He said that people consuming food could no longer use very harmful plastic straws, plastic cutlery or plastic cups. They would now use reusable or recyclable alternatives made of metal, wood or glass, he said. This would be a huge step forward for protecting the environment. 

Maupai explained to Abdallah that “Germany shares your concerns for the environment, and we are very much engaged in reducing the use of plastic in Europe. Many Germans were shocked by recent pictures of turtles found with plastic straws stuck in their noses or whales with stomachs full of plastic bags.

“We all have a responsibility to reduce plastic waste and to protect our environment. Not only will this help protect wildlife all around the world, but it will also have a very positive impact on tourism. If the beaches are clean and the coral reefs and marine animals are healthy, more people will surely want to visit these areas,” he said. 

“The initiative of the governor of the Red Sea to ban single-use plastics is a great step forward in the field of environmental protection and also an asset for tourists visiting the Red Sea governorate. I welcome His Excellency’s plans to work with decision-makers all over Egypt to spread this initiative to the entire country,” Maupai told Al-Ahram Weekly.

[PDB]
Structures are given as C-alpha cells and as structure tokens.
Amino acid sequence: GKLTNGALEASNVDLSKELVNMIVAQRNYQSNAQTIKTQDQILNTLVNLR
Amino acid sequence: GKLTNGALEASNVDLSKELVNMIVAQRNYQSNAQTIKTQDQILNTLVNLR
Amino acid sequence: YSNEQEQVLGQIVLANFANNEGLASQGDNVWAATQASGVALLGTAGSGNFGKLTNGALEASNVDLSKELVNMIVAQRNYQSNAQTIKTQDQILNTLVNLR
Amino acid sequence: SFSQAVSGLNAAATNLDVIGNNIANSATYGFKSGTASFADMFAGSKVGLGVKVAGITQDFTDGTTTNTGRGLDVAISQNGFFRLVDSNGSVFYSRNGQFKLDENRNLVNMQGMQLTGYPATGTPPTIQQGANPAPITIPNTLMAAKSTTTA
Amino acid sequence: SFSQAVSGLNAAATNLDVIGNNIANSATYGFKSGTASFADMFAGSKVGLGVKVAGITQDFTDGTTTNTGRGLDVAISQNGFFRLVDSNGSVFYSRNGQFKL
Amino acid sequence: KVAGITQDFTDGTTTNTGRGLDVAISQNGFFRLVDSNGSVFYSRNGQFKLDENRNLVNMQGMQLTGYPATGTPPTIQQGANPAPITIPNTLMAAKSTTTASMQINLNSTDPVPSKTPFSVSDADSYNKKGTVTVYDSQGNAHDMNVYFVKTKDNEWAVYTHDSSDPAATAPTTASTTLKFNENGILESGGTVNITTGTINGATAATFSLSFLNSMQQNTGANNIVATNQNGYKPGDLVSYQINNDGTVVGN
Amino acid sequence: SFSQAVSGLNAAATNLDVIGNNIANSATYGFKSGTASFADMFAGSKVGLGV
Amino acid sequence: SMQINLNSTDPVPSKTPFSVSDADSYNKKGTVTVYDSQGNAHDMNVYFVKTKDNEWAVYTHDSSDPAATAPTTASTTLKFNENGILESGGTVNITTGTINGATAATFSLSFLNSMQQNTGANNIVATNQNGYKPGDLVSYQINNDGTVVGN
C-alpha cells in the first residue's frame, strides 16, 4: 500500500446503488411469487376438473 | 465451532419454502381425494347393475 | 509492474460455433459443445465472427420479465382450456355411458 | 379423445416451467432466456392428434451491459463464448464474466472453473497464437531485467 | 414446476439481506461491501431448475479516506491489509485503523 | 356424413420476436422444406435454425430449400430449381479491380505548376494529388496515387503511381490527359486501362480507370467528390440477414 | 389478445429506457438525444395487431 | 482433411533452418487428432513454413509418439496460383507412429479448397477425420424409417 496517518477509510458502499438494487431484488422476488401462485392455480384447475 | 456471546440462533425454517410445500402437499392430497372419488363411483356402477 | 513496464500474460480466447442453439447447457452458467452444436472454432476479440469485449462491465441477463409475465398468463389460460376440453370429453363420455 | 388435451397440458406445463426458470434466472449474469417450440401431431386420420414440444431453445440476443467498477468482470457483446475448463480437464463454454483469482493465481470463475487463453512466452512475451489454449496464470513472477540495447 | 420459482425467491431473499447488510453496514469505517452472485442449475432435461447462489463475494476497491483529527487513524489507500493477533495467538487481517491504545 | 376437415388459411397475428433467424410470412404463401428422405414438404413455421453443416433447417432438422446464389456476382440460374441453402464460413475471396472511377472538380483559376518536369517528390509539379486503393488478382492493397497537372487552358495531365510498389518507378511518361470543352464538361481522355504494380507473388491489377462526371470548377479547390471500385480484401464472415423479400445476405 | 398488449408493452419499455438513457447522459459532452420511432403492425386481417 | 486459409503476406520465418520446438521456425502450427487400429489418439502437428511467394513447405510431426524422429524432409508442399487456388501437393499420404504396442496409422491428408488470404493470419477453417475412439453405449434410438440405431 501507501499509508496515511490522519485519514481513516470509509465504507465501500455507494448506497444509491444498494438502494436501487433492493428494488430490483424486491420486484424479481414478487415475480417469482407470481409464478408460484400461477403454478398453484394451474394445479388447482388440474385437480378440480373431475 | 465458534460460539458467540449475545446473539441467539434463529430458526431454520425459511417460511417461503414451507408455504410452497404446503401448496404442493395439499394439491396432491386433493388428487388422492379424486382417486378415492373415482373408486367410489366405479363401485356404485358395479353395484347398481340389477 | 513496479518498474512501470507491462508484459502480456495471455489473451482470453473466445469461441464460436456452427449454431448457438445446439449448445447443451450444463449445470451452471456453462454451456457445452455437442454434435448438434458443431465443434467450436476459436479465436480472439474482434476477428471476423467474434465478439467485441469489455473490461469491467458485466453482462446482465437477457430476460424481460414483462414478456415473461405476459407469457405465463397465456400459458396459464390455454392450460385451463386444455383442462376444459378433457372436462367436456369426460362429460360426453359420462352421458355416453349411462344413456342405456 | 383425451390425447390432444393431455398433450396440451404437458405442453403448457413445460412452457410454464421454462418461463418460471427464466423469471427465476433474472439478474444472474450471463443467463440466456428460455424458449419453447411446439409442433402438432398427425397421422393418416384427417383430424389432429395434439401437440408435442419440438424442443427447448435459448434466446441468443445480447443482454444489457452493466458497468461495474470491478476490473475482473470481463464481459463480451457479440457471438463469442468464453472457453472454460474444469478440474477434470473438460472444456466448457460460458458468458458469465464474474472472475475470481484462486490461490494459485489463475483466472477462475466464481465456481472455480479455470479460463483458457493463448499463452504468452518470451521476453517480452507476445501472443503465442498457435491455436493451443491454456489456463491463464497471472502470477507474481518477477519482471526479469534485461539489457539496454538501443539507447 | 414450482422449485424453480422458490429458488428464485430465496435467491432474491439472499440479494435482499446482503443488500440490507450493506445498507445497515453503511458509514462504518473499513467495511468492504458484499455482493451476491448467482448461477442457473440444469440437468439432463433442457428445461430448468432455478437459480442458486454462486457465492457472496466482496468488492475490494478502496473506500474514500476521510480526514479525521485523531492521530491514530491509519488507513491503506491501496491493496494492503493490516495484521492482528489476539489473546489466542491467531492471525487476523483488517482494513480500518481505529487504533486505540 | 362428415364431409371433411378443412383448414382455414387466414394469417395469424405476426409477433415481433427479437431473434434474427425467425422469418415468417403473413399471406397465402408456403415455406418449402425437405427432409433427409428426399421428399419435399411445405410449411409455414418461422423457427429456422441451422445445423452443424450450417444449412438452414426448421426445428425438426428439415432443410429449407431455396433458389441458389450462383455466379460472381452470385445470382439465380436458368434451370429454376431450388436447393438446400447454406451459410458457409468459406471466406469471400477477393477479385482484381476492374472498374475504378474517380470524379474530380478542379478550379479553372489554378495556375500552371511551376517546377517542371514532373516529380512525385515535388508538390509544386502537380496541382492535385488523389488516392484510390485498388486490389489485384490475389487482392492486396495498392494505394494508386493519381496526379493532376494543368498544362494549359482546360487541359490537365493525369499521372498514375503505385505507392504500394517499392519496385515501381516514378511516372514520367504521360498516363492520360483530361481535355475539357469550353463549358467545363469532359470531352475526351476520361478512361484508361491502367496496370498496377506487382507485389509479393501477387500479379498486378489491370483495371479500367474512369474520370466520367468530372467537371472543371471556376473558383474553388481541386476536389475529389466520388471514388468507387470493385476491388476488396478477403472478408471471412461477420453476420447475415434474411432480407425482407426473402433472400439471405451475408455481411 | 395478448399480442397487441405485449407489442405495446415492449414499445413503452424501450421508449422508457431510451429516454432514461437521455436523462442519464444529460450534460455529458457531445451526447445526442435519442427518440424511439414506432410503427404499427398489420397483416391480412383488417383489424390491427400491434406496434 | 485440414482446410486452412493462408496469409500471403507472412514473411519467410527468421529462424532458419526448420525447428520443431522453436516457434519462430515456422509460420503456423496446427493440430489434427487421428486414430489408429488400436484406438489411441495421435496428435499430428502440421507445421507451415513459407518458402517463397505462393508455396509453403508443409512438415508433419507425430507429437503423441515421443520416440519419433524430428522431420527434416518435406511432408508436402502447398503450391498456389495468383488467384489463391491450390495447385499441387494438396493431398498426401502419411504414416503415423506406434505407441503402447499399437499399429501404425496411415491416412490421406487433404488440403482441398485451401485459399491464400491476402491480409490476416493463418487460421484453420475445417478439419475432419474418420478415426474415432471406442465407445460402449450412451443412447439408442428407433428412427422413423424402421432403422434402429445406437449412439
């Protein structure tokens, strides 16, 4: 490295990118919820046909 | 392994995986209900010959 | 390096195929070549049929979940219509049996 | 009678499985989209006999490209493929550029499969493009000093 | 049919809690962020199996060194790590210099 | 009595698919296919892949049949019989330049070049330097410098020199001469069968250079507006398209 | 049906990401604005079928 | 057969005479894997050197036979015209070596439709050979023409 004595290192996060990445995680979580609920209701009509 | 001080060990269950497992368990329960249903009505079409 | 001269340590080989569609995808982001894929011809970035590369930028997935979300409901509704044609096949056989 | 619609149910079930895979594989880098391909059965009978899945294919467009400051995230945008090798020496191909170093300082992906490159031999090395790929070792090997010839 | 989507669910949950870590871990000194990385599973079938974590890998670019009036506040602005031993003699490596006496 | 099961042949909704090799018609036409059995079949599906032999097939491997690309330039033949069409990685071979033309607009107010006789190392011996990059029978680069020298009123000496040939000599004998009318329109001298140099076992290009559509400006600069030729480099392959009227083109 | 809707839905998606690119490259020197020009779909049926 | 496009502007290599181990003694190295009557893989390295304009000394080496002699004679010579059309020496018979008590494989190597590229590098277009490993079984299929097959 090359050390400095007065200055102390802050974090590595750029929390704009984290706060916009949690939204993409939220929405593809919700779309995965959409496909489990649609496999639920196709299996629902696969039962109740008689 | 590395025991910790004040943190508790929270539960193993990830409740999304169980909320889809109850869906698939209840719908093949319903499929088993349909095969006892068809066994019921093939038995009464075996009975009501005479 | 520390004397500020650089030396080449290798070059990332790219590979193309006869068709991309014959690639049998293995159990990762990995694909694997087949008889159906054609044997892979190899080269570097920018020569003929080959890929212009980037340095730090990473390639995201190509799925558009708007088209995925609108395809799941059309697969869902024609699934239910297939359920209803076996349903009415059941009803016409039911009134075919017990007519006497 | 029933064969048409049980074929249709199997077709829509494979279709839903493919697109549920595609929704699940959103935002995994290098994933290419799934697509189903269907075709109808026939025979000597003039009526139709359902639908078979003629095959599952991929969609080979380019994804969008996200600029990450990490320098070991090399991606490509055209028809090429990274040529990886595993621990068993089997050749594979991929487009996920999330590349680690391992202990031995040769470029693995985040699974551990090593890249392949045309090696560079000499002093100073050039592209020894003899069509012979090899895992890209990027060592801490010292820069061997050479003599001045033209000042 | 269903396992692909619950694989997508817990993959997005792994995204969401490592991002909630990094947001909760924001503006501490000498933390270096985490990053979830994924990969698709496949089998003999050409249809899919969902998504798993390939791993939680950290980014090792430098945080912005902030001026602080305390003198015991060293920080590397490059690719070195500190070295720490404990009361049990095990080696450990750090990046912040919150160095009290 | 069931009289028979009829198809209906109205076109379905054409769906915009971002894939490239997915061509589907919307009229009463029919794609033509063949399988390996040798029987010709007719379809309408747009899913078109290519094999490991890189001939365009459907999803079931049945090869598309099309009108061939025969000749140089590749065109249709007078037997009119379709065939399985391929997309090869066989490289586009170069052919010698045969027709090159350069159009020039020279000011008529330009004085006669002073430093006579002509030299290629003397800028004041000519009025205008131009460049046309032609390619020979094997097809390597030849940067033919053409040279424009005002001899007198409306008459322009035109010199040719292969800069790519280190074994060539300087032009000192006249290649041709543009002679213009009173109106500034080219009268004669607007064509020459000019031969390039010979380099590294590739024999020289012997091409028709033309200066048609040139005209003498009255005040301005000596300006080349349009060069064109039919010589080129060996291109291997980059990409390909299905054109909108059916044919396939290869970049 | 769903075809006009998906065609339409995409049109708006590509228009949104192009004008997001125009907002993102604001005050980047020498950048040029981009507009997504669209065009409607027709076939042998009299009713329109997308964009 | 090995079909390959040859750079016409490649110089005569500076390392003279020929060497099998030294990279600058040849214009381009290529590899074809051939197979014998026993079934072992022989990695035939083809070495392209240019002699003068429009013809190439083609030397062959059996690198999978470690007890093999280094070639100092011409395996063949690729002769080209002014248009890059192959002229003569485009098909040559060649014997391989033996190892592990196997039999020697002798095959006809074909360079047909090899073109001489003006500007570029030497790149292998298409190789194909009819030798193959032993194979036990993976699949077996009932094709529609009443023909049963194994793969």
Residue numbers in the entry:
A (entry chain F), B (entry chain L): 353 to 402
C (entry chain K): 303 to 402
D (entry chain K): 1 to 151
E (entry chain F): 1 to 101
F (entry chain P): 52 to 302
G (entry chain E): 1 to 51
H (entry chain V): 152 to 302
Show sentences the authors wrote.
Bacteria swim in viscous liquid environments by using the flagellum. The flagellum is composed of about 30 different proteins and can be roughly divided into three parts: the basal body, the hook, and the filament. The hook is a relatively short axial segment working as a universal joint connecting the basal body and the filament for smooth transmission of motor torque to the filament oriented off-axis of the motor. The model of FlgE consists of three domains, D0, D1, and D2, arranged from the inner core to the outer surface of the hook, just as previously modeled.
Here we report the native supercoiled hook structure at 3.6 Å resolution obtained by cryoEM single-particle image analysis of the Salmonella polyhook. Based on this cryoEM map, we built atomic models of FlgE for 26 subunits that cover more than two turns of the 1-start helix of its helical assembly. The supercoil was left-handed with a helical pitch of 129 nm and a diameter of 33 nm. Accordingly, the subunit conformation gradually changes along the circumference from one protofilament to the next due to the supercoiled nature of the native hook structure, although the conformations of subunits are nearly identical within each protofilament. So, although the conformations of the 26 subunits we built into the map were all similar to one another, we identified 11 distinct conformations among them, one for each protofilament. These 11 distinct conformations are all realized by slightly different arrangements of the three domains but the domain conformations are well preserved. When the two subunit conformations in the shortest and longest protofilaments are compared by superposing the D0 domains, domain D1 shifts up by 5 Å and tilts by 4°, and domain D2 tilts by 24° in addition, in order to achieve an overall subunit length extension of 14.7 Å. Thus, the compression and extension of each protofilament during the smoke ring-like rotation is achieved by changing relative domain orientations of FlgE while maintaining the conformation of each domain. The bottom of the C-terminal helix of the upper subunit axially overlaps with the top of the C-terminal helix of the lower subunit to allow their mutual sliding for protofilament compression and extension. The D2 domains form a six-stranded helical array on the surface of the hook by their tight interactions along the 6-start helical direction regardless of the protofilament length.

However, the hardest part can be to change people’s mentalities, and while heading back to Cairo I met Zohri Abbadi, 31, from Qena who works in El Gouna. He was carrying sandwiches in a single-use plastic bag. 

“Haven’t you heard about the governor’s decision,” I asked him. He said the initiative was a good one, but he had bought the sandwiches from a distant store and not a supermarket. “Next time I will not buy food from the store if the owner insists on using single-use plastic bags,” he said. 

For Moodi Gamal, 32, living in Hurghada, the initiative may not work in local markets, however. “It is not proper for a man to carry a bag and walk with it to a store,” he said.

Mohamed Abdel-Fattah, 28, another worker in the area, said it was a very good and healthy initiative. He suggested that the decision should also be implemented in his hometown of Aswan. 

“I wish these environmentally friendly bags could be sold for a reasonable price, however, as I cannot afford to buy a lot of reusable bags for LE7 a piece,” he said.

*A version of this article appears in print in the 11 July, 2019 edition of Al-Ahram Weekly under the headline: Plastics ban in the Red Sea